Joe Moore, territory sales manager for Jones Dairy Farm, offers “Bacon 101.”

Kate (Bishop) Hunter, ’00, shows students the difference in bacon thicknesses.

Alivia L. Bollock joins Classical Cuisines of the World classmates in plating bacon samples they prepared earlier.

Students make notes on the texture and taste of two brands of bacon.

Representatives of Jones Dairy Farm, including Kate (Bishop) Hunter, who graduated in 2000 with degrees in food and hospitality management and culinary arts technology, visited campus on Thursday to educate students about bacon – one of the company’s products – and to present the first Jones Dairy Farm Scholarship at Penn College to student Sarah B. Fiedler, a culinary arts and systems student from Lock Haven. Hunter is a manager in her family’s food brokerage firm, Peak Sales & Marketing, in Harrisburg. “Coming over the mountain (to Williamsport), I get teary-eyed,” she said. “It’s a homecoming to come here and show what the college has done for me.” She was joined by Joe Moore, territory sales manager for Jones Dairy Farm, a Wisconsin-based producer of top-quality breakfast meats. Moore explained the process for making bacon and for comparing products before the students participated in a bacon tasting, comparing texture and taste among brands, thicknesses and smoke flavors.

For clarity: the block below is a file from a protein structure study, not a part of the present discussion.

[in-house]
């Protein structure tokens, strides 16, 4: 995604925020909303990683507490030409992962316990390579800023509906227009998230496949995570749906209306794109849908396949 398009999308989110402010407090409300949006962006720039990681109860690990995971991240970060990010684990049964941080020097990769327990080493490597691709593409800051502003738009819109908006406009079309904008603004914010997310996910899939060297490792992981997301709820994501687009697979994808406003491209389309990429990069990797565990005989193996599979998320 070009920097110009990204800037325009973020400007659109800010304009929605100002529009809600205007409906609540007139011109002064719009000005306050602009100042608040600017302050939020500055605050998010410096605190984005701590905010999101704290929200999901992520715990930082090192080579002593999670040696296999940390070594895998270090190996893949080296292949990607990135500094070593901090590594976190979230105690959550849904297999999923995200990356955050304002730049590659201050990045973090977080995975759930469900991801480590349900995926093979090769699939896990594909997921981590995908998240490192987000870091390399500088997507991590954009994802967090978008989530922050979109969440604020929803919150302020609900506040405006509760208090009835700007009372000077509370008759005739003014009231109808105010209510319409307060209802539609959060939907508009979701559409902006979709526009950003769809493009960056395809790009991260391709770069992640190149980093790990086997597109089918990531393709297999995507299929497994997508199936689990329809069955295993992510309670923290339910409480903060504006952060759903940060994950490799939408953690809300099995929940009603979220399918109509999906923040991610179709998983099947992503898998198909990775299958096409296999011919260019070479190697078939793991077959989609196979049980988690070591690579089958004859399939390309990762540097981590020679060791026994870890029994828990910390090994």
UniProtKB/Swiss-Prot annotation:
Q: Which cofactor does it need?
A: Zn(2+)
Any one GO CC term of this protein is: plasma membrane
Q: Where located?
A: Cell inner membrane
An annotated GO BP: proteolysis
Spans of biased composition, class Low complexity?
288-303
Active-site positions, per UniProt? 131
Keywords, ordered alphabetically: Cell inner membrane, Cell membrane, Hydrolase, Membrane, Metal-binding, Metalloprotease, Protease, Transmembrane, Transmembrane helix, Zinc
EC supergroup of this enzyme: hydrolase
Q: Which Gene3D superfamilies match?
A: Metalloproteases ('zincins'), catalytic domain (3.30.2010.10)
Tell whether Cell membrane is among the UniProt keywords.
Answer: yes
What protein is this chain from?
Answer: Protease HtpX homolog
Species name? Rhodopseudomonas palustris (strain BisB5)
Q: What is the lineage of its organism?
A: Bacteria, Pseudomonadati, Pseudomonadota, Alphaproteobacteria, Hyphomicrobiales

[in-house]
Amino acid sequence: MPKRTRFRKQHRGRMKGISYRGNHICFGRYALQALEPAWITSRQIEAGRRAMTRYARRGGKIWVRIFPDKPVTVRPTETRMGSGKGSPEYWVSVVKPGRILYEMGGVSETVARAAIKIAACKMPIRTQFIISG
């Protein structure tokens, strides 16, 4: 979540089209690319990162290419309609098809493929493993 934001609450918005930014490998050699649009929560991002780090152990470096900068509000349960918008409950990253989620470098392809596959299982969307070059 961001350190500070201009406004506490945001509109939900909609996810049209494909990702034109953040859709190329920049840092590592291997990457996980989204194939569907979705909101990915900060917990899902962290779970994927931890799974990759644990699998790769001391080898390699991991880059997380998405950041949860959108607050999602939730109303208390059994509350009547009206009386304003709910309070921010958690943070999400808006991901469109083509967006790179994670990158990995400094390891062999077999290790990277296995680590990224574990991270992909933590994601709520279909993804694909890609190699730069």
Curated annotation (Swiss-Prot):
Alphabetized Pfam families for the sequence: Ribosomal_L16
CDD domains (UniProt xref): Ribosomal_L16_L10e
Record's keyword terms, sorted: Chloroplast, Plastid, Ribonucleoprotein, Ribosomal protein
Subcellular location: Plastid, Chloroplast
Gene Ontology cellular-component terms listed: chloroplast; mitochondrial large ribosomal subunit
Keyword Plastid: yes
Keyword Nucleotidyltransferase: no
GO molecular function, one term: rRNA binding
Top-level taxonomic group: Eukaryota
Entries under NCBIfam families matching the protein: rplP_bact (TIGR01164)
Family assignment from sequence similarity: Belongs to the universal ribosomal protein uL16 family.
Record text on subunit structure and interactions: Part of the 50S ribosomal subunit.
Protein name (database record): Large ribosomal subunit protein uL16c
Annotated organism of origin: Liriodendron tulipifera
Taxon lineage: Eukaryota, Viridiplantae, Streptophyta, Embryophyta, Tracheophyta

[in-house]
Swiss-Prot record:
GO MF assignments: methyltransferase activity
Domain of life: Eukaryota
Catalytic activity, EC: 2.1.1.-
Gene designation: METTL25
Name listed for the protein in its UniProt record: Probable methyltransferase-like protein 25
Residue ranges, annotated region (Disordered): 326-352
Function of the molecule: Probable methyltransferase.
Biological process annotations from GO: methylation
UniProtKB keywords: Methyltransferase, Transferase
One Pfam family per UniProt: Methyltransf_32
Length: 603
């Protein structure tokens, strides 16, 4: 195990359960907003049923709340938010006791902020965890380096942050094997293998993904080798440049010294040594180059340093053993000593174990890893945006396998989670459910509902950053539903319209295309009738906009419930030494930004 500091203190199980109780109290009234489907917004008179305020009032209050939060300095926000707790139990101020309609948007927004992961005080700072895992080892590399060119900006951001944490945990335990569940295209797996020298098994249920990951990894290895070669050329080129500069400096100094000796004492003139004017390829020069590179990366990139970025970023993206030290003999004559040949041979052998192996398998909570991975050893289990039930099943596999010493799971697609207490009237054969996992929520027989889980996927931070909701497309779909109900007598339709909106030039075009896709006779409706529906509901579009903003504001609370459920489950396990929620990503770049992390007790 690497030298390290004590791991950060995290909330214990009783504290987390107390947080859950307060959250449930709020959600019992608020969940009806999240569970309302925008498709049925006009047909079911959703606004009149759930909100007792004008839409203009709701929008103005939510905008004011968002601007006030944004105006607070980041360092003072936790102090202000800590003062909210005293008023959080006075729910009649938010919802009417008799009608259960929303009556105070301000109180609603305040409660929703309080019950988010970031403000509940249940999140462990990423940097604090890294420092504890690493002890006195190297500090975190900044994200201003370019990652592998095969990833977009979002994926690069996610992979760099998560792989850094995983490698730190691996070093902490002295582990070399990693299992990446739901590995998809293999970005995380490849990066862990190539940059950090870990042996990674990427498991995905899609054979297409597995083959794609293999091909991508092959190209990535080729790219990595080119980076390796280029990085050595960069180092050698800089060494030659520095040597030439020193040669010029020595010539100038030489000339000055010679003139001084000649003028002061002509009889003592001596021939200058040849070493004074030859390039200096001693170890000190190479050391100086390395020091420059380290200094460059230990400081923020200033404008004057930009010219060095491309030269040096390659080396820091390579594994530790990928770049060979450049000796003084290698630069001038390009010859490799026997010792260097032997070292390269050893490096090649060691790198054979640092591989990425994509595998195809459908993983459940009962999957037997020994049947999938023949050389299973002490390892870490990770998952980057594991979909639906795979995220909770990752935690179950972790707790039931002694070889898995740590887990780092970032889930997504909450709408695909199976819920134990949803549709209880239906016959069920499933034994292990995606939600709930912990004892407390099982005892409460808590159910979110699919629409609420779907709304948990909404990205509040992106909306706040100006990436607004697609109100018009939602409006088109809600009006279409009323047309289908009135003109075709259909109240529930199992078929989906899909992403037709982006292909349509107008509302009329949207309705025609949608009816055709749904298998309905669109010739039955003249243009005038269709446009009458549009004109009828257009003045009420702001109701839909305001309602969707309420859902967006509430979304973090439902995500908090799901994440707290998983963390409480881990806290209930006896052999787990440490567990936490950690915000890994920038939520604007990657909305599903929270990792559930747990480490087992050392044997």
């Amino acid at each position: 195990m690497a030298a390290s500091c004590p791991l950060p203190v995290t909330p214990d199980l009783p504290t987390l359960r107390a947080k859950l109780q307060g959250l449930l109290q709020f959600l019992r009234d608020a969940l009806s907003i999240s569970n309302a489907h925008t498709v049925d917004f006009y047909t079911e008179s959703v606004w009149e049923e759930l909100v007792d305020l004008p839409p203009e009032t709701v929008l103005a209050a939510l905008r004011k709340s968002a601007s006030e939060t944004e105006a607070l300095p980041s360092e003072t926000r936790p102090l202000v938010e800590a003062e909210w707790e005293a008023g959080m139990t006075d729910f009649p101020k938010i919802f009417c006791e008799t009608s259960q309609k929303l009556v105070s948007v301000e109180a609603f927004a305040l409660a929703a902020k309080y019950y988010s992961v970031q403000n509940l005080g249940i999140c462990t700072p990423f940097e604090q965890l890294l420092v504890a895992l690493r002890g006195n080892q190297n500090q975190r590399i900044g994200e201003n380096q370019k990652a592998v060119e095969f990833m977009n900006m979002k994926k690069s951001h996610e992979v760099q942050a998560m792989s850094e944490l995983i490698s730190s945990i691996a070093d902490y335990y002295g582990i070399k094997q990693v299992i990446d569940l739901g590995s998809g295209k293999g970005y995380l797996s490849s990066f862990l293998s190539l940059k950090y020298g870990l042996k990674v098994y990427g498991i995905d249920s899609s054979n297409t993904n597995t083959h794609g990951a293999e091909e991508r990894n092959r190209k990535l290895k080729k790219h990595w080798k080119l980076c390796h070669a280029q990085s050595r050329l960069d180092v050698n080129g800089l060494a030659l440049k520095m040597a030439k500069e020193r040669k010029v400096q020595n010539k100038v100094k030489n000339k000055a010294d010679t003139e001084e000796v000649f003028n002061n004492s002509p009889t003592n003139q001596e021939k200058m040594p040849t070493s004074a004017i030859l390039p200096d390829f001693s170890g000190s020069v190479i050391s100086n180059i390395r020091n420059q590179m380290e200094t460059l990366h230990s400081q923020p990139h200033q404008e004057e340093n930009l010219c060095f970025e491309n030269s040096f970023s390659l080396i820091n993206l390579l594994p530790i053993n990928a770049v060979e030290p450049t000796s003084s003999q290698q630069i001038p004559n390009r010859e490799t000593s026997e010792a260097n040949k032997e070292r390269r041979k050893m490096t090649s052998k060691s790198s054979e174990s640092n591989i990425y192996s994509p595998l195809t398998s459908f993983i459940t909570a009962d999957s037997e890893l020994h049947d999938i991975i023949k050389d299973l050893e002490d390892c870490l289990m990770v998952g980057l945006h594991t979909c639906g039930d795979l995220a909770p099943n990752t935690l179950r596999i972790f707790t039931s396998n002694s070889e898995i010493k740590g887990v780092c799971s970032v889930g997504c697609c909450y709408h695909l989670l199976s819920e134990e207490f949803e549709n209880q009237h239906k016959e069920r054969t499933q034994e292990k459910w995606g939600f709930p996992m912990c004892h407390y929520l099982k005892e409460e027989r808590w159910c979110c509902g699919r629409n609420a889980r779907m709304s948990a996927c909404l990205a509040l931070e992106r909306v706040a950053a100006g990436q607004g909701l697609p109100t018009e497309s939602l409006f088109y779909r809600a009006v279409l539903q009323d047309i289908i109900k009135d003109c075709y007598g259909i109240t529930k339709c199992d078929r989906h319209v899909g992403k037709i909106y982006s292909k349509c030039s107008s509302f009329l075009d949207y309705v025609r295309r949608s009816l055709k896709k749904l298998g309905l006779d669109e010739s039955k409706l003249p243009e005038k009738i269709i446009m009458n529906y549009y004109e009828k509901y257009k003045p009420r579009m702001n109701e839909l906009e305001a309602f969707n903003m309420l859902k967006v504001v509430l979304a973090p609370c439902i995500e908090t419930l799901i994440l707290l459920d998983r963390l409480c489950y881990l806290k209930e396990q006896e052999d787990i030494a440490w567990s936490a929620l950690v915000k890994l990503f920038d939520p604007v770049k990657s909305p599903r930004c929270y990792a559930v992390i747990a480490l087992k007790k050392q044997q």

Southern Hospitality

The latest addition to Penn College’s YouTube channel features 2010 graduate George E. Logue III, who relies on his education as the owner/chef of Acme Barbecue & Catering, a culinary staple in downtown Williamsport. “The knowledge of the professors – every single culinary or hospitality instructor – was amazing,” said Logue, a proud member of a world champion barbecue team. “Couldn’t have asked for a better school to go to. I feel like I left there, not having any questions.”